In case you’re feeling better about inflation coming down, KFF Health News has something to bring your spirits crashing back to Earth: Americans purchasing health insurance during open enrollment for 2024 through the Marketplaces will be paying an average of 5 percent more for benchmark silver-plans and 6 percent more for the cheapest bronze-level plans when compared to 2023 premiums.
Some of us are old enough to remember when the Affordable Care Act was supposed to make health insurance… well, affordable. After all, President Obama told us on the 2012 campaign trail:
You should know that once we have fully implemented, you’re going to be able to buy insurance through a pool so that you can get the same good rates as a group that if you’re an employee at a big company you can get right now—which means your premiums will go down.
But premiums haven’t gone down. KFF claims the marketplace average benchmark premium in 2024 will be $477. That’s a nearly 75 percent increase in the monthly premium since the ACA implementation in 2014 for a single 40-year-old. And employers that provide health insurance as a benefit don’t have it any easier. A recent KFF survey found annual workplace family coverage premiums in 2023 reached $23,968— a 7 percent jump from the previous year, and a whopping 47 percent increase from before the ACA’s implementation.
Ironically, premiums did go down for a few years starting in 2018— the same year that one of the key parts of the ACA, the individual mandate, was repealed. (Most of the rest was due to people not using healthcare during the pandemic.) Unfortunately, once consumers were back in the swing of things, prices jumped right back up. The average employee contribution for family coverage rose $500 to $6,575 in 2023, a 7.6 percent annual increase in direct cost that was far more expensive than the meager wage increase average of 5.2 percent.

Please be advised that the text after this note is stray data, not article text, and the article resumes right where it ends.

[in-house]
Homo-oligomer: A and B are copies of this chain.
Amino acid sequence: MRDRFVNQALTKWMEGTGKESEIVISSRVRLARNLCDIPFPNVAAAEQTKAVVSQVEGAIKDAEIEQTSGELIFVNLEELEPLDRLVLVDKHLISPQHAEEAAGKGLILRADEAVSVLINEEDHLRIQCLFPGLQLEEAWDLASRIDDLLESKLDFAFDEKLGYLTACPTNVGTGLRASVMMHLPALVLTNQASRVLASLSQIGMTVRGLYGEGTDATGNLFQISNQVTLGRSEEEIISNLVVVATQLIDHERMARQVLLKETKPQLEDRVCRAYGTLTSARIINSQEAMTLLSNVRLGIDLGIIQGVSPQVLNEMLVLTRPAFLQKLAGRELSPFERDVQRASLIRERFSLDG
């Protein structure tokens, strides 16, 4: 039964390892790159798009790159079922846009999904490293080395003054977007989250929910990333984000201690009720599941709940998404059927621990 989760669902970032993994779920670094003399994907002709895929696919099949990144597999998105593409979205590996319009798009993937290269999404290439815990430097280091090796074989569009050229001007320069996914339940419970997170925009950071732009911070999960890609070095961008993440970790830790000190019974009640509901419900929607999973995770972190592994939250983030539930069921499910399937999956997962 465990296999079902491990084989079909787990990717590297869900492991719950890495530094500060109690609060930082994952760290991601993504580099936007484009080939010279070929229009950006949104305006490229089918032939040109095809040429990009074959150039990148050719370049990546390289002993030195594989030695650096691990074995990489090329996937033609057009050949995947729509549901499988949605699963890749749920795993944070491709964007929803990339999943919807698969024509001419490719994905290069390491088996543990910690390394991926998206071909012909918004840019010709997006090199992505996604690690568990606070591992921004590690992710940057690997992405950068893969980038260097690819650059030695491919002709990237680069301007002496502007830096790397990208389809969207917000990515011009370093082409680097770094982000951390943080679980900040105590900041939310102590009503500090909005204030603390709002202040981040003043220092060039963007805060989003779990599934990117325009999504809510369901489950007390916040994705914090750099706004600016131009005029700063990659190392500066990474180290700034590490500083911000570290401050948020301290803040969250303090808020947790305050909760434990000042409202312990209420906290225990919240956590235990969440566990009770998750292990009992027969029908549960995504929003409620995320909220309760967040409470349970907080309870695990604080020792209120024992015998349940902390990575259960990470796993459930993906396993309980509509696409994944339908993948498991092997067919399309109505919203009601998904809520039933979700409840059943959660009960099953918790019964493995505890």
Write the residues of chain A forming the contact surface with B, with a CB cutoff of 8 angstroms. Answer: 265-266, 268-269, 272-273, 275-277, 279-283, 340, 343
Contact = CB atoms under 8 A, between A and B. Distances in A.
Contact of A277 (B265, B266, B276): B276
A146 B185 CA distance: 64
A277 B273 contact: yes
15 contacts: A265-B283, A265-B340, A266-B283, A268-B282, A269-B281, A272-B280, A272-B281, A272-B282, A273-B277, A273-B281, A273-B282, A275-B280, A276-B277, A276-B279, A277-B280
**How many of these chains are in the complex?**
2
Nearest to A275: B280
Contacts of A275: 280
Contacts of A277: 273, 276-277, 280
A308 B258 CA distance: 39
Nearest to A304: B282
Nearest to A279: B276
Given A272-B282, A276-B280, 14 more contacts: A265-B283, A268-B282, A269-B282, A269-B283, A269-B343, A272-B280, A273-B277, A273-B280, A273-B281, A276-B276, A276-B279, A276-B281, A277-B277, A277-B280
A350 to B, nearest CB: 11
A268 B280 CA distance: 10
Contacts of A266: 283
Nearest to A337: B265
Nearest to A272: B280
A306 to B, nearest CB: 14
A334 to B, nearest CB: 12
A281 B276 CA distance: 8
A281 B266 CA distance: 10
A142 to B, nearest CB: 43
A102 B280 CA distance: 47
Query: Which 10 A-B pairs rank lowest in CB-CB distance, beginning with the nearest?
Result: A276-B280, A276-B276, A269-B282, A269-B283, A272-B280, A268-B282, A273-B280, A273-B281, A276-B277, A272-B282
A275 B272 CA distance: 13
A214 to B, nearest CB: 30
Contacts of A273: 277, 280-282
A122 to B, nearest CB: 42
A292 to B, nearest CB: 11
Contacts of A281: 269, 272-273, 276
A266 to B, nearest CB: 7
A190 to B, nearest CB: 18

None of this is good news for savings accounts and wallets. But wait—it gets worse! Once the ACA passed and we found out what was in it, the average American found himself subsidizing the vehicle for nearly every leftist social policy under the sun, from transgender surgeries to sterilization to abortion-inducing drugs and devices.
So, yeah. When your premium goes up— on top of your rising grocery, electric, and water bills—you can thank the government for being here to help! And when that fails, you know what comes next: expanding the same government healthcare programs that lose at least $100 billion annually.
And when that fails… well, they’ll just say it was the “wrong” kind of socialism, just like Venezuela and Cuba.
Paul Revere is the pseudonym of a conservative writer.